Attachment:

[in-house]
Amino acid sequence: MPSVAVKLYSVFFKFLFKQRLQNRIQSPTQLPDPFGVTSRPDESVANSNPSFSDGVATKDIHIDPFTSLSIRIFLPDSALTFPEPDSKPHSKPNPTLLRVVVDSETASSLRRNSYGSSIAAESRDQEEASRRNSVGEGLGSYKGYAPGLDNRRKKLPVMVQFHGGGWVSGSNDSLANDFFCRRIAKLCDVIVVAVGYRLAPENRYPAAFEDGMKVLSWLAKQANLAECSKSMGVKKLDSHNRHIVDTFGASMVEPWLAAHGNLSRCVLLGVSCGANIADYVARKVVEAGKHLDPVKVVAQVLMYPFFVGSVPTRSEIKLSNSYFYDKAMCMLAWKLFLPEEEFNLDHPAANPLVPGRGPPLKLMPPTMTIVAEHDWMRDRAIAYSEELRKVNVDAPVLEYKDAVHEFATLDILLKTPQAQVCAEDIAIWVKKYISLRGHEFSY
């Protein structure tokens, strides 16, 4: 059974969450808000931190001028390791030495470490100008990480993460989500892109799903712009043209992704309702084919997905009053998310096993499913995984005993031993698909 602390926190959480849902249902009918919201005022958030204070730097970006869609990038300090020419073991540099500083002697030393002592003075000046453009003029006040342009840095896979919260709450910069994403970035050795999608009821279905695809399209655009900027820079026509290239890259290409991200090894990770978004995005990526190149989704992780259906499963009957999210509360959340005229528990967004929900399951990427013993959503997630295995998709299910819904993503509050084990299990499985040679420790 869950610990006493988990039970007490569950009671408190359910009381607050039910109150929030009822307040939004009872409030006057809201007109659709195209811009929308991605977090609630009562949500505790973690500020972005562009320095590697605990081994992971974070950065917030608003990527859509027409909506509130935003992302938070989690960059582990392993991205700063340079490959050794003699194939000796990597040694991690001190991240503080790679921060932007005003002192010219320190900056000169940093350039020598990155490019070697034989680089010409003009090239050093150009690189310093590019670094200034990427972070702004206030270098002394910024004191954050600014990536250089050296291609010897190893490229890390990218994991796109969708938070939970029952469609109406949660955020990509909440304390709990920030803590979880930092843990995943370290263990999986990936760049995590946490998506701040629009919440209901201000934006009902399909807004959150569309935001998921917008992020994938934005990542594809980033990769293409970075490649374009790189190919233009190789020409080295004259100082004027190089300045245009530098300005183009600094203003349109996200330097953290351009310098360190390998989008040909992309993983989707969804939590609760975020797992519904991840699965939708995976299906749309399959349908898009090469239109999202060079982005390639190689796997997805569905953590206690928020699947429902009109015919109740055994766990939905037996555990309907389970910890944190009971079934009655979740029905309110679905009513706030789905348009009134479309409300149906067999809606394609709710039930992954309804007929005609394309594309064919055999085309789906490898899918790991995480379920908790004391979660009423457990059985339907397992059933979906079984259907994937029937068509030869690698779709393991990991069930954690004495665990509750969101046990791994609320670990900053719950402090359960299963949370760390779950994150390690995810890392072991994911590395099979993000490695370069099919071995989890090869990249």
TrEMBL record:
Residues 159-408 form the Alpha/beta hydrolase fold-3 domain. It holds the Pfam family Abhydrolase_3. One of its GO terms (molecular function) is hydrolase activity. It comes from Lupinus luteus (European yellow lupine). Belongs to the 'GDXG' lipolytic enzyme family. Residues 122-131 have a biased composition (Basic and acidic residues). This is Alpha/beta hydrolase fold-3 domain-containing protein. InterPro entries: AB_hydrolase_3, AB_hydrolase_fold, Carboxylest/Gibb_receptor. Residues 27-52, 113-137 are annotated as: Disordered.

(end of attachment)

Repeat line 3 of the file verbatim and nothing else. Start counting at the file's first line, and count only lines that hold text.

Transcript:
């Protein structure tokens, strides 16, 4: 059974969450808000931190001028390791030495470490100008990480993460989500892109799903712009043209992704309702084919997905009053998310096993499913995984005993031993698909 602390926190959480849902249902009918919201005022958030204070730097970006869609990038300090020419073991540099500083002697030393002592003075000046453009003029006040342009840095896979919260709450910069994403970035050795999608009821279905695809399209655009900027820079026509290239890259290409991200090894990770978004995005990526190149989704992780259906499963009957999210509360959340005229528990967004929900399951990427013993959503997630295995998709299910819904993503509050084990299990499985040679420790 869950610990006493988990039970007490569950009671408190359910009381607050039910109150929030009822307040939004009872409030006057809201007109659709195209811009929308991605977090609630009562949500505790973690500020972005562009320095590697605990081994992971974070950065917030608003990527859509027409909506509130935003992302938070989690960059582990392993991205700063340079490959050794003699194939000796990597040694991690001190991240503080790679921060932007005003002192010219320190900056000169940093350039020598990155490019070697034989680089010409003009090239050093150009690189310093590019670094200034990427972070702004206030270098002394910024004191954050600014990536250089050296291609010897190893490229890390990218994991796109969708938070939970029952469609109406949660955020990509909440304390709990920030803590979880930092843990995943370290263990999986990936760049995590946490998506701040629009919440209901201000934006009902399909807004959150569309935001998921917008992020994938934005990542594809980033990769293409970075490649374009790189190919233009190789020409080295004259100082004027190089300045245009530098300005183009600094203003349109996200330097953290351009310098360190390998989008040909992309993983989707969804939590609760975020797992519904991840699965939708995976299906749309399959349908898009090469239109999202060079982005390639190689796997997805569905953590206690928020699947429902009109015919109740055994766990939905037996555990309907389970910890944190009971079934009655979740029905309110679905009513706030789905348009009134479309409300149906067999809606394609709710039930992954309804007929005609394309594309064919055999085309789906490898899918790991995480379920908790004391979660009423457990059985339907397992059933979906079984259907994937029937068509030869690698779709393991990991069930954690004495665990509750969101046990791994609320670990900053719950402090359960299963949370760390779950994150390690995810890392072991994911590395099979993000490695370069099919071995989890090869990249």